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Hands Across Our Land: Citizens in Seven States Demonstrate for Clean Renewable Energy


From the Blue Ridge Environmental Defense League:


Lovingston, VA—Today citizens in seven states held Hands Across Our Land actions to illustrate their solidarity against the continued devastation of their communities by pipelines, coal ash and fracking.  The actions symbolized a growing national movement.

Hands Across Our Land coordinator, Sharon Ponton said, “Grassroots groups have come together as a symbol of solidarity in the fights they are facing against the continued use of fossil fuels.  From fracking to fracking waste, coal ash disposition to air pollution, from pipelines and liquid natural gas (LNG) facilities to sea level rise, citizens are being forced to face contamination of their water resources, destruction of their forests, and loss of private property.”  Ponton continued, “It is critical our elected officials understand these communities will not stand idly by and become sacrifice zones for a greedy industry which refuses to change its business plan to renewable, clean energy. Every community deserves a healthy, safe environment for their families to live and thrive.”

Today’s demonstrations occurred in many places.  In Buckingham County Virginia, residents oppose a 53,000 horsepower compressor station for the proposed Atlantic Coast Pipeline.  Chad Oba, President of Friends of Buckingham, stated, “The impact of those in the evacuation zone of the proposed compressor station is devastating.  Our health from the pollutants emitted will be severely compromised.  The cultural, historical and peaceful integrity of our rural neighborhoods will be forever lost. Toxic plumes from this mega-compressor station will extend many miles and will exacerbate the impacts of global warming and climate change we experience today.”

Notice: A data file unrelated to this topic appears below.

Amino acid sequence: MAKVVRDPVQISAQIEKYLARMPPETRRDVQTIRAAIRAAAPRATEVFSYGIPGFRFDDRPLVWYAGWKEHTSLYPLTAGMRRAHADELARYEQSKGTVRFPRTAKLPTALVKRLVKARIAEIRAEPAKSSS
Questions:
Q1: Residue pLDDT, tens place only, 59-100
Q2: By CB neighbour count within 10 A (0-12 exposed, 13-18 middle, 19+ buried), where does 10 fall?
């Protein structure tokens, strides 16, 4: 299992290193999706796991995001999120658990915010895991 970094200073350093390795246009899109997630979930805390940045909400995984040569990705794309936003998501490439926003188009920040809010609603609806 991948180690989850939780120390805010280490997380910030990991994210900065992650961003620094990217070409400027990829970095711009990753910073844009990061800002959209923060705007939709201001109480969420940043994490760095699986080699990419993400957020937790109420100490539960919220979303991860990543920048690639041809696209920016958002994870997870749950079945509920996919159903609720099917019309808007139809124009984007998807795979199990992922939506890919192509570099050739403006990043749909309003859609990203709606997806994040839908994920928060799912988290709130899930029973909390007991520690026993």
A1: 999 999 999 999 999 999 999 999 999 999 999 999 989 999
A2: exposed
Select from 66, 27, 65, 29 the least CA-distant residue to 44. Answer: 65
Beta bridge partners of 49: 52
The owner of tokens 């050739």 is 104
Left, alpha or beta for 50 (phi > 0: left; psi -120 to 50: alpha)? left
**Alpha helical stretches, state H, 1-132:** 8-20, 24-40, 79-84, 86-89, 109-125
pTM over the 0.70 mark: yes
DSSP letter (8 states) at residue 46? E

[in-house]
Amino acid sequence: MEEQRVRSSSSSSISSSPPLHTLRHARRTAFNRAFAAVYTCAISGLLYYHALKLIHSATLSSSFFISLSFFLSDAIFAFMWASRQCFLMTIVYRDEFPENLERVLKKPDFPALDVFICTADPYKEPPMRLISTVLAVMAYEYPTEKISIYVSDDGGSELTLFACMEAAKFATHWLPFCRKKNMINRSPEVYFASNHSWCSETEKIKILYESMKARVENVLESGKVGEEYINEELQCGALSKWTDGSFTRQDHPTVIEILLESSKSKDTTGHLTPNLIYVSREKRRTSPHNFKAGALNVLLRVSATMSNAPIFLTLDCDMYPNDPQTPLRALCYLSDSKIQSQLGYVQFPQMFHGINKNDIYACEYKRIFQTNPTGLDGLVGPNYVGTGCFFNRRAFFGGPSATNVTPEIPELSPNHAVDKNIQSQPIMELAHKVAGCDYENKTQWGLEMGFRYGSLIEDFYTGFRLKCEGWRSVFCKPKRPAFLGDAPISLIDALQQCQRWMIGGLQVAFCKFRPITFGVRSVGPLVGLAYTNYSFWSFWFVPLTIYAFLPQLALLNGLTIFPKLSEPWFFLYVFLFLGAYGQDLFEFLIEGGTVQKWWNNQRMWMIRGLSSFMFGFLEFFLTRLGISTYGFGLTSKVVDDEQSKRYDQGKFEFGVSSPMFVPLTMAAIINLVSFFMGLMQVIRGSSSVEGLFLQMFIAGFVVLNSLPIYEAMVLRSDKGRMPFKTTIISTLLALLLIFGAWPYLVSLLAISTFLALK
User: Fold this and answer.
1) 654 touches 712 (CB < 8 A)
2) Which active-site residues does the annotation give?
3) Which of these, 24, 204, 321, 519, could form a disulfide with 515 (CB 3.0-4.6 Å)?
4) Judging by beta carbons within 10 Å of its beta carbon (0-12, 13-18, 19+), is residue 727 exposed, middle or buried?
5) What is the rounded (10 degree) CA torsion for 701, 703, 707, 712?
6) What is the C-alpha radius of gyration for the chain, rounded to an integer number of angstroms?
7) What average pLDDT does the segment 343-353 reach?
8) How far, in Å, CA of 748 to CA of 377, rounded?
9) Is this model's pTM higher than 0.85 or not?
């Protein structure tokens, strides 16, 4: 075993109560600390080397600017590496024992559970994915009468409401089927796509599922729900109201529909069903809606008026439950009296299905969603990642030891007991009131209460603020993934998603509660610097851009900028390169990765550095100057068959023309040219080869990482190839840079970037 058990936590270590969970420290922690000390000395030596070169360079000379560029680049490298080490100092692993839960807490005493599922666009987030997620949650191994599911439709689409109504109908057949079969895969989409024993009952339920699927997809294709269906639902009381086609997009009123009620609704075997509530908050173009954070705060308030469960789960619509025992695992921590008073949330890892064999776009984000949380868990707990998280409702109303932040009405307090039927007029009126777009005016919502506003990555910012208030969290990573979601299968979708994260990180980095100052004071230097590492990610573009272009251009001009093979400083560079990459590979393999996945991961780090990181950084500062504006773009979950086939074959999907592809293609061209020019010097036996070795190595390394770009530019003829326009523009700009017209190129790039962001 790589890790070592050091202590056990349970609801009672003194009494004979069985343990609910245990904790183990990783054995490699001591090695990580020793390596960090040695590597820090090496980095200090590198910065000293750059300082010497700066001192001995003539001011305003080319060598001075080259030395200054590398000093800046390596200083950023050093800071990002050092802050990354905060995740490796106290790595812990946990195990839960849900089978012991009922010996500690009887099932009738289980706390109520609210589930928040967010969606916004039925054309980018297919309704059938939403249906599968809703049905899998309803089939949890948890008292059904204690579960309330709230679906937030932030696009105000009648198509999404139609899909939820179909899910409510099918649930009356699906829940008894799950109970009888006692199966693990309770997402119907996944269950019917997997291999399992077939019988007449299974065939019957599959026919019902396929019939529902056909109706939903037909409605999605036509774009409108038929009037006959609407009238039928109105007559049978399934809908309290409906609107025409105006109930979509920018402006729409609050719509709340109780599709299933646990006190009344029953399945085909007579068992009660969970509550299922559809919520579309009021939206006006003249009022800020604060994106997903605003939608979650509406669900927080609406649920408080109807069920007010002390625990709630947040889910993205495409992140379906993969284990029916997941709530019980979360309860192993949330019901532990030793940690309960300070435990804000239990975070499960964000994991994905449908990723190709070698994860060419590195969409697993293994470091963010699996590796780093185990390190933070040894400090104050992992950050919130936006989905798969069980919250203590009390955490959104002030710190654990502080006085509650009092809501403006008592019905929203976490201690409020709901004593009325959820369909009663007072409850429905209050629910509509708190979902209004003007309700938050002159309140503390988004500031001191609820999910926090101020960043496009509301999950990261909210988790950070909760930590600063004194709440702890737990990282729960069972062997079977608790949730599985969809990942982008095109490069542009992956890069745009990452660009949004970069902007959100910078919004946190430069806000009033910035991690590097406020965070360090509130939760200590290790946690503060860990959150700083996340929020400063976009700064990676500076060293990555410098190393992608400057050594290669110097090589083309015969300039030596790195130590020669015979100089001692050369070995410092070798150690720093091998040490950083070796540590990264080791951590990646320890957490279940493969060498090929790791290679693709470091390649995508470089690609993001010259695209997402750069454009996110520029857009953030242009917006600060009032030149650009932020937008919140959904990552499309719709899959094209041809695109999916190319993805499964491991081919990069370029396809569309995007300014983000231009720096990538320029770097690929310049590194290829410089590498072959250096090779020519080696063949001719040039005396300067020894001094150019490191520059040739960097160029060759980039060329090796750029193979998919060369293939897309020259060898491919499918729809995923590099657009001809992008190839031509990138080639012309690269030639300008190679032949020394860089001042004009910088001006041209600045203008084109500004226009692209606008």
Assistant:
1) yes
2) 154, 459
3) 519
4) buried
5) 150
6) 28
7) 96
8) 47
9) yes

In Lusby, Maryland, a new liquid natural gas (LNG) export facility threatens the local community.  Communities in Ohio are facing water and land contamination from tailings from fracking wells, as well as earthquakes from radioactive wastewater injection wells.  Ponton said that people in the region are being sued and bullied when they refuse to give up their private property for natural gas projects. She said, “Armed guards and police toting automatic weapons protect the industry as it takes private land and contractors clear cut swaths of forest for natural gas infrastructure.”  A local West Virginia resident, Leslee McCarty, a member of the Greenbrier Watershed Association said, “A local circuit judge declared he could not see a benefit to local citizens who would get no gas from these 42 inch lines.  With two pipelines proposed to cross the Greenbrier River, it is clear that water quality will suffer.” McCarty continued, “Devastating floods which took many lives and millions of dollars in property just ravaged our region. Clearing wide swaths of steep hillsides for hundreds of miles in these mountains would probably not improve the situation in a future flood event.”

In Georgia, Dr. Michael G. Noll, President of Wiregrass Activists for Clean Energy in Valdosta said, “The rights of property ownership are fundamental to our democracy, and eminent domain should never be used for corporate gain.”  Noll continued, “One must also note that recent studies have shown that pipeline projects cost communities millions of dollars as property values go down and tax revenues decline.”


In North Carolina, Georgia and Virginia, the legacy of burning coal for electric generation has created millions of tons of coal ash, stored in coal ash ponds.  These unlined ponds are now leaking heavy metals and other toxic pollutants into the ground water of families who live near those sites.  While governments and the utilities grapple with a viable solution to clean up the toxic brew, families suffer and are forced to face health risks caused by the contaminants and drink bottled water.

Hands Across Our Land participants issued three demands.  Elected officials must:

  1. Oppose gas and oil projects that hurt our citizens and our economy by using state authority to deny Clean Water Act permits for proposed fracked-gas pipelines.
  2. Stop reckless coal ash disposal that pollute rivers and drinking water by rejecting utility company plans to dump millions of gallons of coal ash wastewater containing toxic heavy metals into our rivers.
  3. Reduce climate changing pollution from power plants by implementing strict federal and state clean power rules.

Ponton justified the demands and pointed to practical solutions, saying, “Fracking wells, pipelines, related compressor stations and gas plants, and offshore oil rigs will worsen the climate crisis and create racial, rural, and economic sacrifice zones when affordable clean energy alternatives are available; plans to increase climate pollution from natural gas power plants are counterproductive to the requirement to reduce the effects of climate change; our government should take positive action to protect public health and natural resources, and ensure a quick transition to renewable energy.”



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